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CanTung faces environmental review

Mine will stay open while water licence application assessed by board

Derek Neary
Northern News Services

Yellowknife (Aug 02/02) - The Mackenzie Valley Land and Water Board has decided a full environmental assessment is in order for CanTung mine.

Chuck Blyth, superintendent of Nahanni National Park reserve, says Parks Canada was in favour of a full environmental assessment for CanTung mine. - Derek Neary/NNSL photo

North American Tungsten made application for water licence renewal in February, a month after the mine went back into production following 15 years of dormancy. The company contended that it should be exempt from an environmental review because its water licence was originally granted in 1975 under the NWT Water Act.

On July 18, the Land and Water Board ruled to the contrary. The board concluded that the application isn't simply a continuation of its previous licence, but instead grounds for a new licence under current terms set out in the Mackenzie Valley Resource Management Act.

Because North American Tungsten's water licence expires on Sept. 29, the Land and Water Board is willing to extend the existing licence until the environmental assessment is complete or until Sept. 29, 2003, whichever comes first.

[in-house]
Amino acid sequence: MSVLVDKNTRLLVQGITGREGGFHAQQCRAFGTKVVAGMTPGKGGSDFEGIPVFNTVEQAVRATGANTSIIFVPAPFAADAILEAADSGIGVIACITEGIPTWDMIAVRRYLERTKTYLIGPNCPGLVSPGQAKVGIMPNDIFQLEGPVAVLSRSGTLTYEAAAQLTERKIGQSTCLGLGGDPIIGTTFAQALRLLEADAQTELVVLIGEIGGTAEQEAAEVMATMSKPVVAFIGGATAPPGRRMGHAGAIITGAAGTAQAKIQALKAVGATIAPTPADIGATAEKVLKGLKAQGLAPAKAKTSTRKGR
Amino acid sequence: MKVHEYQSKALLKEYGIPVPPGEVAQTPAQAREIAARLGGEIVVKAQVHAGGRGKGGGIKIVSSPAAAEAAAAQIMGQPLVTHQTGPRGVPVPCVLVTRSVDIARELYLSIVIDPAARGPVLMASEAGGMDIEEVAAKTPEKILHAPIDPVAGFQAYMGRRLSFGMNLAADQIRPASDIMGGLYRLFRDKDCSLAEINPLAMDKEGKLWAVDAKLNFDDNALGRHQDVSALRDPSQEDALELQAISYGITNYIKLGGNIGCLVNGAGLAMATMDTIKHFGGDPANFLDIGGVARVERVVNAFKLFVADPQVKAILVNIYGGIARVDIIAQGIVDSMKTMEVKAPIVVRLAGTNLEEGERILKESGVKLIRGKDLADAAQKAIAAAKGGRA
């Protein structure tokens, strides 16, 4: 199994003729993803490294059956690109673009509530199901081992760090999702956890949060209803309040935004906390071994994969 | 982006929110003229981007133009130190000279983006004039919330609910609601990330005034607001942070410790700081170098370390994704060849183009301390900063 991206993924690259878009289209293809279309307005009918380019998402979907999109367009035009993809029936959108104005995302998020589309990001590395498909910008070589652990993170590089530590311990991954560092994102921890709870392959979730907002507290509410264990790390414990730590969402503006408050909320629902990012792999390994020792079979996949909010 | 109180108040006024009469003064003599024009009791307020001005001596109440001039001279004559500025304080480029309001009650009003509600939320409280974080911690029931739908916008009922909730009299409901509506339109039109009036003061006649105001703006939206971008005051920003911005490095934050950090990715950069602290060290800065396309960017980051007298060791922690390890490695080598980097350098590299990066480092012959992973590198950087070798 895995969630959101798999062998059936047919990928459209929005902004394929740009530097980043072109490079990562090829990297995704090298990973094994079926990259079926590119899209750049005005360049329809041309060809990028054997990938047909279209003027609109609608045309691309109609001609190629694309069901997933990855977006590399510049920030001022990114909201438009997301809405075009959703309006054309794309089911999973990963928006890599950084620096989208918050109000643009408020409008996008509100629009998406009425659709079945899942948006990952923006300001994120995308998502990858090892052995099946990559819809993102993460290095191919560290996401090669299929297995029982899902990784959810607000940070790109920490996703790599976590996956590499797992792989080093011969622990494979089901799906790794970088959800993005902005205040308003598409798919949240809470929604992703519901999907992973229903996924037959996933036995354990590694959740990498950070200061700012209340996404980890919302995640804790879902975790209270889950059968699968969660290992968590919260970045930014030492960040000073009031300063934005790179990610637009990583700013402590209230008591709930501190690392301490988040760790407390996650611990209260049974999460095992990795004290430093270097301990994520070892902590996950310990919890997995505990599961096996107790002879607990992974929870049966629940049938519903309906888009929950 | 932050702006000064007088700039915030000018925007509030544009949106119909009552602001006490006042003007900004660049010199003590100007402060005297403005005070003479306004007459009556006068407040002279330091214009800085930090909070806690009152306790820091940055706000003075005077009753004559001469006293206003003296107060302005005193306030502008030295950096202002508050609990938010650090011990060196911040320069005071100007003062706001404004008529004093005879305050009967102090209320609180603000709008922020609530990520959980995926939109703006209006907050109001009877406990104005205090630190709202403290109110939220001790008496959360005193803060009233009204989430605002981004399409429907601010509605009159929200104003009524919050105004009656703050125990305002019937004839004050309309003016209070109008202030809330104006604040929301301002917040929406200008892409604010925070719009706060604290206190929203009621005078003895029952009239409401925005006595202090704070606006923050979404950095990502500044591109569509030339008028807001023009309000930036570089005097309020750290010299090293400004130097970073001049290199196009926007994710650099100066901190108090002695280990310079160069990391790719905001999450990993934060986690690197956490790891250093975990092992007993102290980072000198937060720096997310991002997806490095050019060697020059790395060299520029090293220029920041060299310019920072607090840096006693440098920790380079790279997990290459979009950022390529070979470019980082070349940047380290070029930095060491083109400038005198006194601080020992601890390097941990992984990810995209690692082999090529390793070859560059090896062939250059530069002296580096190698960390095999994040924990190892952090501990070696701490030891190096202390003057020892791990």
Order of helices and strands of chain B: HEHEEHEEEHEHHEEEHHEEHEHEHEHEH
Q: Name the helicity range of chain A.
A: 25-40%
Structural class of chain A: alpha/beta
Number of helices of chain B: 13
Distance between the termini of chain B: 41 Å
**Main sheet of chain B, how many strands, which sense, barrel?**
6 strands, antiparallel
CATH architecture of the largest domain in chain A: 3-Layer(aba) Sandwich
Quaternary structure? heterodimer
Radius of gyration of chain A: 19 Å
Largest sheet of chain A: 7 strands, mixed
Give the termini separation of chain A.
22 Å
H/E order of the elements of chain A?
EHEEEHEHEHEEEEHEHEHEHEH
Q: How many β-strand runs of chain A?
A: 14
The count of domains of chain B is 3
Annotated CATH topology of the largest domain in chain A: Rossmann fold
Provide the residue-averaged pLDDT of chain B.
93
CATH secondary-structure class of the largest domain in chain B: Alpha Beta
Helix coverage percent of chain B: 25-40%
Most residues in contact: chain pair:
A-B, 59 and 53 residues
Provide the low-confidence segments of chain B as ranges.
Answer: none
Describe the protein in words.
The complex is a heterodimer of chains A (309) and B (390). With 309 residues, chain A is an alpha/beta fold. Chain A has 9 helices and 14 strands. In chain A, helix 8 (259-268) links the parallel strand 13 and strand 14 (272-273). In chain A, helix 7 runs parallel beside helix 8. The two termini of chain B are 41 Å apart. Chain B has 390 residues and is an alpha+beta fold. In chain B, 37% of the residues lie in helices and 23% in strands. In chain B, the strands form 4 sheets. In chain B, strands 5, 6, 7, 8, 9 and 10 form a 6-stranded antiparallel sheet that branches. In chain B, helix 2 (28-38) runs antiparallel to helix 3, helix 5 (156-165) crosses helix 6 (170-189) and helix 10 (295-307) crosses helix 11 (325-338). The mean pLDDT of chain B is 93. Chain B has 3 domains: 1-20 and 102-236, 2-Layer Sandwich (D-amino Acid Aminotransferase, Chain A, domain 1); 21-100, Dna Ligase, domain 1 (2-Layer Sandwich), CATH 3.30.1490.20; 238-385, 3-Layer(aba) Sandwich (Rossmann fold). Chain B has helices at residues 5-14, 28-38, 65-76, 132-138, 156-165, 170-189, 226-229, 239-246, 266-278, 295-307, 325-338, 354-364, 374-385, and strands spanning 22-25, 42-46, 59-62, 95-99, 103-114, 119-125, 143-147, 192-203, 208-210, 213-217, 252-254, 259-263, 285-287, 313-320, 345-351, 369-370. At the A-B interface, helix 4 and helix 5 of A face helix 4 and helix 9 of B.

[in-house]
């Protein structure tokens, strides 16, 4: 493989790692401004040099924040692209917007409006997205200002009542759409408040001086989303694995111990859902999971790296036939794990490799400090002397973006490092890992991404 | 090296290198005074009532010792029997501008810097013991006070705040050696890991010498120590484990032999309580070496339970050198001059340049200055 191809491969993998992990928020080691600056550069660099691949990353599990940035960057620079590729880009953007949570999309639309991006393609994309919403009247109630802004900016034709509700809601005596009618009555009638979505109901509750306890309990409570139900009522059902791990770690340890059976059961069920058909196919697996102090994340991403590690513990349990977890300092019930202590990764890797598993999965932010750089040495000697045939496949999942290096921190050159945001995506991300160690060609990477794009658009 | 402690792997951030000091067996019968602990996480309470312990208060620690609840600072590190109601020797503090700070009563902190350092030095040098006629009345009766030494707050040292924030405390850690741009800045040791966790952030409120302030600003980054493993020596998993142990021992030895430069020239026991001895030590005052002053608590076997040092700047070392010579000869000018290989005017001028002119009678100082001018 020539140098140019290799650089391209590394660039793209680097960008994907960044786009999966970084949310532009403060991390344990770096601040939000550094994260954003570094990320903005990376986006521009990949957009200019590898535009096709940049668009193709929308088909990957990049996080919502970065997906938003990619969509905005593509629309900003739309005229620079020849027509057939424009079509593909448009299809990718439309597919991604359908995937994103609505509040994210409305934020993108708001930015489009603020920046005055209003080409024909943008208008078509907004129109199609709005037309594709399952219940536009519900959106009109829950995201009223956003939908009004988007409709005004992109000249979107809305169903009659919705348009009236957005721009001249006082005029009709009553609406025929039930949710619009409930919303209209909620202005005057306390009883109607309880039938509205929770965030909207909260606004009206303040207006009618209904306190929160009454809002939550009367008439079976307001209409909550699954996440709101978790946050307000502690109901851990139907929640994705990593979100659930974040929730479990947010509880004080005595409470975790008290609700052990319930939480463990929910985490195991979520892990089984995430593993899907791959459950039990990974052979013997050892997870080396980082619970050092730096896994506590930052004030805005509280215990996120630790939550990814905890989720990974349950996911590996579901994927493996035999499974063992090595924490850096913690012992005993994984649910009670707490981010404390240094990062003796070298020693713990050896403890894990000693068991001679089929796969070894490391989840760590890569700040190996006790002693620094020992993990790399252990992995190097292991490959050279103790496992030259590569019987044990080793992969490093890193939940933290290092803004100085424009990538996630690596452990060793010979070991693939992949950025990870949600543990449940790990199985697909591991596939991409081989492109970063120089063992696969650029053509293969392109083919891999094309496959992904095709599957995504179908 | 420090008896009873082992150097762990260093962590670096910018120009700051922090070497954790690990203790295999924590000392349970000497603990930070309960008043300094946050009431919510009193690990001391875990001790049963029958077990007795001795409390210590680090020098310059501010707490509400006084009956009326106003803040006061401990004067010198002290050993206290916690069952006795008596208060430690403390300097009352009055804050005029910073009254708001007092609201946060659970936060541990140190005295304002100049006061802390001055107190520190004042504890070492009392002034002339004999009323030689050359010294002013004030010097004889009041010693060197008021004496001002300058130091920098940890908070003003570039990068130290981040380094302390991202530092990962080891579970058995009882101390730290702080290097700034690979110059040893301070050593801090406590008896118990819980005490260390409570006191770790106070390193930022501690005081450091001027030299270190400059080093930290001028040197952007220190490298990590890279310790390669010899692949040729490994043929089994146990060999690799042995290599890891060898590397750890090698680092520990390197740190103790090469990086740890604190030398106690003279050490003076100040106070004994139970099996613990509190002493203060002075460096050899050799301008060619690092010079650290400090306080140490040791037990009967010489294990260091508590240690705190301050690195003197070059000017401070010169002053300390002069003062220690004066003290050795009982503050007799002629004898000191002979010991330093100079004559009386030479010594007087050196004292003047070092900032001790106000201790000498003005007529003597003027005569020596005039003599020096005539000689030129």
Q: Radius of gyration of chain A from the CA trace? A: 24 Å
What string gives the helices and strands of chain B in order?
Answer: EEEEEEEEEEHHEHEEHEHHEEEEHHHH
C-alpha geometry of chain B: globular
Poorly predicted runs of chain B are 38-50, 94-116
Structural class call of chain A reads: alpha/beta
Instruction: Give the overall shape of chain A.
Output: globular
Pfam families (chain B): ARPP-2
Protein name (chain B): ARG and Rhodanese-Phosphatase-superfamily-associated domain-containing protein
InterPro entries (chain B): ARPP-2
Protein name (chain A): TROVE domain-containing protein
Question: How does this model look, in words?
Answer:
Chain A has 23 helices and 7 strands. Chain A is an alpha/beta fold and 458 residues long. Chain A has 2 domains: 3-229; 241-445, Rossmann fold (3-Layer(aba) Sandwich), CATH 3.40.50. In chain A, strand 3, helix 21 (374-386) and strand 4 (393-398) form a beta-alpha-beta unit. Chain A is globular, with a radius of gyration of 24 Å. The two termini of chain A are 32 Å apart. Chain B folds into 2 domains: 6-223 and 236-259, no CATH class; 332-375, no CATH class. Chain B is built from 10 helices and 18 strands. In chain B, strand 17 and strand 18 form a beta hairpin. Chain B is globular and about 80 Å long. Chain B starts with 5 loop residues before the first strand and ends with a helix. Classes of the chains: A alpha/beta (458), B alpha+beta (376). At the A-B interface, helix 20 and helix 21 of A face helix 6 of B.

North American Tungsten has a limited time frame in which it can call for a judicial review of the Land and Water Board's decision. Udo von Doehren, president of North American Tungsten, said he was not prepared to comment on the matter as of Friday.

He did not return the Drum's phone calls prior to press deadline.

Vein Christensen, executive director of the Mackenzie Valley Environmental Impact Review Board, which is now handling the matter, said an environmental assessment evaluates biophysical, social, economic and cultural impacts of a project.

He said the Impact Review Board will be convening within a few weeks, but he declined to speculate as to how long the environmental review process will take.

The Land and Water Board's decision came as welcome news to Chuck Blyth, superintendent of Nahanni National Park reserve. Parks Canada was among eight intervenors that recommended a full environmental assessment.

"We wanted to make sure there was enough available information to make a determination of significance; is there an effect (on the park) or not?" Blyth explained.

He added that CanTung mine, located near the NWT/Yukon border, is situated on the Flat River, which flows into the park and is also a tributary of the South Nahanni River.

Blyth noted that Parks Canada and North American Tungsten, despite their differences, are working together on a co-operative ecosystem management strategy.